A planning application for the MetroLink transport project will be lodged with An Bord Pleanála in September, with an expectation that it could be in operation in the early 2030s.

The Minister for Transport said he had secured agreement from the Cabinet to proceed with the fully segregated railway for the capital.

Eamon Ryan described the MetroLink plan as a ''megaproject'', which he claimed would transform public transport in Dublin.

The project has big ambitions connecting the north and south city.

It will be 19.4km in length with 16 stations mostly underground, running from north of Swords to Charlemont Street in the south of Dublin City centre.

It is envisioned that MetroLink will be fully automated, with trains running every three minutes at peak time, capable of carrying up to 20,000 passengers per hour in each direction.

It will interchange with the DART and Luas transport systems.

The preferred route for new MetroLink according to its website

By 2050, the Government estimates that it will provide more than one billion carbon neutral fully electrified passenger trips.

A planning submission will be lodged in September, with the Department of Transport recommending its approval.

A final costing has not yet been worked out because the project still has to go through the planning and procurement stages.

Artist's impression of future MetroLink station at St Stephen's Green, Dublin

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However, early estimates for the transport plan comes in at €9.5bn, with the most extreme figure putting it at €23bn.

Three quarters of the cost during construction will be paid for by the Exchequer and the final quarter by a public private partnership.

Minister for Finance Paschal Donohoe told a media briefing a range of cost scenarios have been worked out, taking into account inflation pressures and changes to the economic environment.

The Government said it does not expect the figure to go as high as €23bn. The MetroLink statement quote a range of between €7.16bn and €12.25bn.

Minister Ryan said he expects the overall cost to come in at the lower range estimate of just over €7bn because "the tenders could be lower" to deliver the project.

He said it is not cheap to build transport projects in Ireland, but reiterated he is confident that it will deliver benefits to the Irish economy over time.

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MetroLink represents the largest ever proposed single capital project in Irish history, according to Minister for Public Expenditure Michael McGrath.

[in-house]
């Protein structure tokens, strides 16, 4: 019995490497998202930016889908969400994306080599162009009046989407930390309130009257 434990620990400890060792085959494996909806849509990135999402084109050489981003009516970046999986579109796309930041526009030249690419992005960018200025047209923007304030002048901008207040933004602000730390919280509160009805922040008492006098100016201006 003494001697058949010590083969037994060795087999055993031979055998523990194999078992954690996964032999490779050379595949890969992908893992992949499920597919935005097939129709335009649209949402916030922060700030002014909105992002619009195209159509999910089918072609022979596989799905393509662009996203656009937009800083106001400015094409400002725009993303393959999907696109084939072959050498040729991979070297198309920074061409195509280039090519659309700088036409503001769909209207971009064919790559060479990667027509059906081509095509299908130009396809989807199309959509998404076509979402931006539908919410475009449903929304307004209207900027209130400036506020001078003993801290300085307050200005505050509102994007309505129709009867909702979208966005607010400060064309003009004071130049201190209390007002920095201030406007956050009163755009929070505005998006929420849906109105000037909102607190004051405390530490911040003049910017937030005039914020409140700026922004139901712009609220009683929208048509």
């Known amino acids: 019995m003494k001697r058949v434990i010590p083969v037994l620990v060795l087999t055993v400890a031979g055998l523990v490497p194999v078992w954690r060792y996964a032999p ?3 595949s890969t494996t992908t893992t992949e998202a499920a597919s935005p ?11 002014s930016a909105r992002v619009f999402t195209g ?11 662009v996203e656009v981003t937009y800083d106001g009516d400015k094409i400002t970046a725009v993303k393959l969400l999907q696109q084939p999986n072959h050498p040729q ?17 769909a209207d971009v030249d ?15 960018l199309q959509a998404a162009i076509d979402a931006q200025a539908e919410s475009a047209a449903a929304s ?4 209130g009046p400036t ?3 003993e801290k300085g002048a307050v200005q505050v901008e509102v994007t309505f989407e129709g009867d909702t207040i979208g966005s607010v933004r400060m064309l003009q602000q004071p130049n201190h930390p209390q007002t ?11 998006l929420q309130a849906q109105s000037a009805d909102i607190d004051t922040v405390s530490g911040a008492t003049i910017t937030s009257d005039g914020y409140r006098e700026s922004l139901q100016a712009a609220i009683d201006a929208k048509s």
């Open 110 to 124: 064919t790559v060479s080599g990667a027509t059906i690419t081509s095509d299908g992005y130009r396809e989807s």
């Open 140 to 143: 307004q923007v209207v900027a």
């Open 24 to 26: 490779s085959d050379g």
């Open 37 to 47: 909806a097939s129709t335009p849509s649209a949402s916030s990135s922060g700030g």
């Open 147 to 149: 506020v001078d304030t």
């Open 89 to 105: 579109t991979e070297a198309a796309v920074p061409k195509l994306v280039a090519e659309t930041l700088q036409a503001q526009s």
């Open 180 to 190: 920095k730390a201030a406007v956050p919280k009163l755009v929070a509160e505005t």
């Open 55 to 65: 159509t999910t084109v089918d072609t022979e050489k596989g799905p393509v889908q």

He added that when combined with BusConnects and DART+ it can "revolutionise" public transport.

National Transport Authority Chief Executive Anne Graham said that today was an important day for Irish public transport.

She said: "MetroLink is about providing a frequent, reliable, sustainable alternative as part of an integrated system, so that we can encourage more people to get out of their cars and on to public transport."

Transport Infrastructure Ireland Chief Executive Peter Walsh said the new service will have an "end-to-end journey time of only 25 minutes, as part of an integrated public transport system".

Sinn Féin spokesperson on Transport Darren O'Rourke welcomed the re-announcement of the long promised MetroLink, but has called on Minister Ryan to explain the ballooning cost.

He said: "This project has been on the cards for 20 years at this stage. Communities and commuters have waited far too long for this important rail link into the city.

"We need assurances that this project will now be finally delivered on budget and on time, and ahead of schedule if possible.

"I am concerned about the massive cost escalation for this project already.

"The original National Development Plan 2018-2027 estimated this would cost €3bn. Today, the Government are saying it could cost up to €12.25bn, over quadruple that previous estimate."

'Objections cannot be rules out'

The Chief Executive Officer of the National Transport Authority (NTA) has predicted that the MetroLink project will be delivered by 2034 and cost €9.5 billion. Anne Graham said that inflation and labour costs were included in the calculations made in the project.

Speaking on RTÉ's Drivetime she said international workers who specialise in tunnelling would be brought in to work on the project.

Ms Graham said that objections cannot be ruled out, but she had confidence that the public consultation that has taken place already has been worthwhile.

Meanwhile, business group Ibec said that MetroLink will contribute to the development of a more accessible, integrated, and efficient transport network in Dublin.

Aidan Sweeney, Ibec Dublin & Eastern Region spokesperson, said that Metrolink is needed for the development of an integrated and sustainable public transport network that will meet future demand in Dublin.

"As we transition to a net-zero society by 2050, a wholesale return to pre-Covid commuting patterns must be avoided. As it stands, Dublin is far too car dependent," Mr Sweeney said.

"Metrolink will offer a significant public transport option for people travelling between Dublin city centre and serving the growing population in Fingal and across north Dublin," he said.

"The new rail link offers improved quality of life for residents and workers through shorter commutes, better air quality, and more leisure time. People will also benefit from improved accessibility to Dublin Airport, which is attractive to tourists and supports the further enhancement of Dublin's experience economy," he added.